The latest polls (via der Spiegel) give Angela Merkel’s CDU-CSU 39% but their coalition partners the FDP are running close to the 5% barrier. The Green vote has come down to around 9% and the recent ballyhoo about their pro-vegetarianism, anti-car and pro-paedophilia positions could hurt them further. The dawning realisation that they have been most responsible for the very high cost of electricity that Germans are burdened with has probably been the underlying reason for their steady decline in the last few months. The far Left are also around 9% and their votes are probably solid especially in Eastern Germany where die-hard communists are still hankering for the “good old days”.

The anti-Euro AfD are running below the 5% barrier and it has been politically incorrect to show any support for them. They could spring a surprise and creep over 5% and that would lead to interesting times – especially if their success is allied with a weakening of the Greens. Paradoxically some of their far-right support could be enhanced by some support from the very far Left.

To get any kind of a comfortable right-of-centre coalition Angela Merkel needs the FDP. For the FDP to fall below 5% could lead to some unnecessary pressures. A Grand Coalition with the SDP is something to be avoided. And this leads to the possibility that some CDU-CSU voters will cast their primary vote for their CDU-CSU candidate but will give their second vote to the FDP party. While no single FDP candidate will be advantaged in winning their own seats, this tactical approach could ensure that the FDP gets close to 7 or 8%. The seats they win as a party could then be close to the number won by the Greens and could provide the cushion that Angela Merkel could be quite thankful for. Talking to my friends (2 CDU supporters and one SDP) I got the impression that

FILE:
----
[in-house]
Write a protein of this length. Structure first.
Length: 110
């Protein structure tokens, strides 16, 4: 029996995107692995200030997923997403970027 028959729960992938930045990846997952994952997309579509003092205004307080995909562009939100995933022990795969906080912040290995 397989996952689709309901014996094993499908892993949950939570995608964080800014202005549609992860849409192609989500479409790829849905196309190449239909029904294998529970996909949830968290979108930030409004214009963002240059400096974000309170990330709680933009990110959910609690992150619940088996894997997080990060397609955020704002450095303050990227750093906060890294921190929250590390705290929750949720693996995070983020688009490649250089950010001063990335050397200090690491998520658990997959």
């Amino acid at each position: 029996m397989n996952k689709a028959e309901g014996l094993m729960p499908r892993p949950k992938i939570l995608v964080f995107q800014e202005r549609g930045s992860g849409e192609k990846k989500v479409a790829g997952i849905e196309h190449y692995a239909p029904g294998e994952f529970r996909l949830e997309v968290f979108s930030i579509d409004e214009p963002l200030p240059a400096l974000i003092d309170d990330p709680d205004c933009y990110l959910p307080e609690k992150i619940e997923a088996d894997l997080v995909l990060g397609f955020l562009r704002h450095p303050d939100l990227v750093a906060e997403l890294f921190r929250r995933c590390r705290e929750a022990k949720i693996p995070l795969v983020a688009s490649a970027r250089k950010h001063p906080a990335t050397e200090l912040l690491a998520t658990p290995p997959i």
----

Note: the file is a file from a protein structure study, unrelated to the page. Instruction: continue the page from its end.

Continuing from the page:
1. in very strong CDU-CSU constituencies some of the second “party” vote could well go to the FDP, and
  2. in strong SDP constituencies, CDU-CSU voters could cast both their votes for the FDP.

Well, the results will be known in about 12 hours and Angela Merkel’s performance is almost a foregone conclusion. She will be returned for the 3rd time. It is the performance of the Greens, the FDP and the AfD which adds some spice and interest to an otherwise rather low key and almost “boring” election. But it is the very mundane nature of the election which – I think – reflects the mood in Germany and is Angela Merkel’s greatest advantage. She makes common sense and being “boring” virtues devoutly to be sought.